Oklahoma Governor Vetoes Constitutional Carry Bill

OKLAHOMA CITY, Okla. (May 14, 2018) – Late Friday, Oklahoma Gov. Mary Fallin vetoed a so-called  “Constitutional Carry” bill that would have made it legal for most Oklahomans to carry a concealed firearm without a license. Passage into law would have also fostered an environment hostile to federal gun control.

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To the Governor: Oklahoma Passes Constitutional Carry Bill

OKLAHOMA CITY, Okla. (May 2, 2018) – Yesterday, the Oklahoma Senate gave final approval to a so-called  “Constitutional Carry” bill that would make it legal for most Oklahomans to carry a concealed firearm without a license. Passage into law would also foster an environment hostile to federal gun control.

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Oklahoma Committee Passes Bill to Ban Warrantless Stingray Spying, Hinder Federal Surveillance

OKLAHOMA CITY, Okla. (Feb 14, 2018) – Yesterday, an Oklahoma Senate committee unanimously passed a bill that would ban the warrantless collection of electronic data and the use of “stingrays” to track the location of phones and sweep up electronic communications in most situations. Passage of the bill would not only protect privacy in the Sooner State, it would also hinder one aspect of the federal surveillance state.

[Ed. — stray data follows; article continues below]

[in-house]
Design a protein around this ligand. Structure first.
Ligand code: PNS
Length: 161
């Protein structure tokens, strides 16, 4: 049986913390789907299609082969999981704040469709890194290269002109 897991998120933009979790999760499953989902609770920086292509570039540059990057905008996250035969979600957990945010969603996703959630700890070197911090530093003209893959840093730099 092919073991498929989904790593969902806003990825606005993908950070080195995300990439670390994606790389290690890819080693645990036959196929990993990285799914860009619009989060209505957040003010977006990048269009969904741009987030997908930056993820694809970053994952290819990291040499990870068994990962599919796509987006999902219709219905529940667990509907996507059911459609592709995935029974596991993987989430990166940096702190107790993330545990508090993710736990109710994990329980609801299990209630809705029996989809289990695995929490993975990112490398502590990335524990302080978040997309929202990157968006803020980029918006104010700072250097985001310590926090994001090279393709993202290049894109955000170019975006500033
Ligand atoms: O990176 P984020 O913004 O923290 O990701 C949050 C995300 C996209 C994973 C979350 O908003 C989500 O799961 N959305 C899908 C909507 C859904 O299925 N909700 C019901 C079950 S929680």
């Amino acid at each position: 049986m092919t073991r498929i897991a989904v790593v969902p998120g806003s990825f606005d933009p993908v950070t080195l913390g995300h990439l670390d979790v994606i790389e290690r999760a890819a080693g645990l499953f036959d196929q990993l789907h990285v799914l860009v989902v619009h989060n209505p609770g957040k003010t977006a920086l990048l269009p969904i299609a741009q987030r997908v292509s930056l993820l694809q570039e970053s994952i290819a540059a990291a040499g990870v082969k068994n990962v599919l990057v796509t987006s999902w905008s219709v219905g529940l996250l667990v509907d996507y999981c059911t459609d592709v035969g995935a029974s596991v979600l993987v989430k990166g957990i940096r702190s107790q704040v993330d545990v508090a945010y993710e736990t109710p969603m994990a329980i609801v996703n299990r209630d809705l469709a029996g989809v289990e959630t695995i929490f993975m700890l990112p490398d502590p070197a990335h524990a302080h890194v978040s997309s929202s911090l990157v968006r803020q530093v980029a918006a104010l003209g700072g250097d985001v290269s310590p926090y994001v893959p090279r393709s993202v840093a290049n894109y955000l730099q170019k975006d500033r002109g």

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Oklahoma Bill Would Allow Customers to Opt Out of Smart Meters, Undermine Federal Program

OKLAHOMA CITY, Okla. (Jan. 31, 2018) – A bill introduced in the Oklahoma House would allow customers to opt out of installing “smart meter” technology on their homes and businesses without penalty. Passage of this bill would enable Oklahomans to protect their own privacy, and it would take a step toward blocking a federal program in effect.

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Oklahoma Bill Would Ban Warrantless Stingray Spying, Hinder Federal Surveillance

OKLAHOMA CITY, Okla. (Jan. 30, 2018) – A bill prefiled in the Oklahoma Senate would ban the warrantless collection of electronic data and the use of “stingrays” to track the location of phones and sweep up electronic communications in most situations. Passage of the bill would not only protect privacy in the Sooner State, it would also hinder one aspect of the federal surveillance state.

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